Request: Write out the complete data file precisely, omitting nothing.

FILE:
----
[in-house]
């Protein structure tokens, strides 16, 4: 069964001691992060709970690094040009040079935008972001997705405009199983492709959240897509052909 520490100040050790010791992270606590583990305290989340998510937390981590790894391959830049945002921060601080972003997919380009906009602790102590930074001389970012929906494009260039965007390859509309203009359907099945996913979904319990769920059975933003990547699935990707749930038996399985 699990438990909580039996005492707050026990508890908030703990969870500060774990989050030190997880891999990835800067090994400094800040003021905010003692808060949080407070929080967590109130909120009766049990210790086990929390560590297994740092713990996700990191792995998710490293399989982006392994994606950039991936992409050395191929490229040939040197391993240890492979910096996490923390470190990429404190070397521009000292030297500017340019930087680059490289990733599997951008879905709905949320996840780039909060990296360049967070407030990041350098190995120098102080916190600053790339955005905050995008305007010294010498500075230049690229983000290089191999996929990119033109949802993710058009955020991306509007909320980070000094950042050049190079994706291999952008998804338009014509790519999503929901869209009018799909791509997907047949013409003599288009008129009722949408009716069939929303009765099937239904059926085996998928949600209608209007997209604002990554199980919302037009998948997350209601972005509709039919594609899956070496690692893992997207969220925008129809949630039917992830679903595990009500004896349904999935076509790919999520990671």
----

[in-house]
């Protein structure tokens, strides 16, 4: 069964001691992060709970690094040009040079935008972001997705405009199983492709959240897509052909 520490100040050790010791992270606590583990305290989340998510937390981590790894391959830049945002921060601080972003997919380009906009602790102590930074001389970012929906494009260039965007390859509309203009359907099945996913979904319990769920059975933003990547699935990707749930038996399985 699990438990909580039996005492707050026990508890908030703990969870500060774990989050030190997880891999990835800067090994400094800040003021905010003692808060949080407070929080967590109130909120009766049990210790086990929390560590297994740092713990996700990191792995998710490293399989982006392994994606950039991936992409050395191929490229040939040197391993240890492979910096996490923390470190990429404190070397521009000292030297500017340019930087680059490289990733599997951008879905709905949320996840780039909060990296360049967070407030990041350098190995120098102080916190600053790339955005905050995008305007010294010498500075230049690229983000290089191999996929990119033109949802993710058009955020991306509007909320980070000094950042050049190079994706291999952008998804338009014509790519999503929901869209009018799909791509997907047949013409003599288009008129009722949408009716069939929303009765099937239904059926085996998928949600209608209007997209604002990554199980919302037009998948997350209601972005509709039919594609899956070496690692893992997207969220925008129809949630039917992830679903595990009500004896349904999935076509790919999520990671």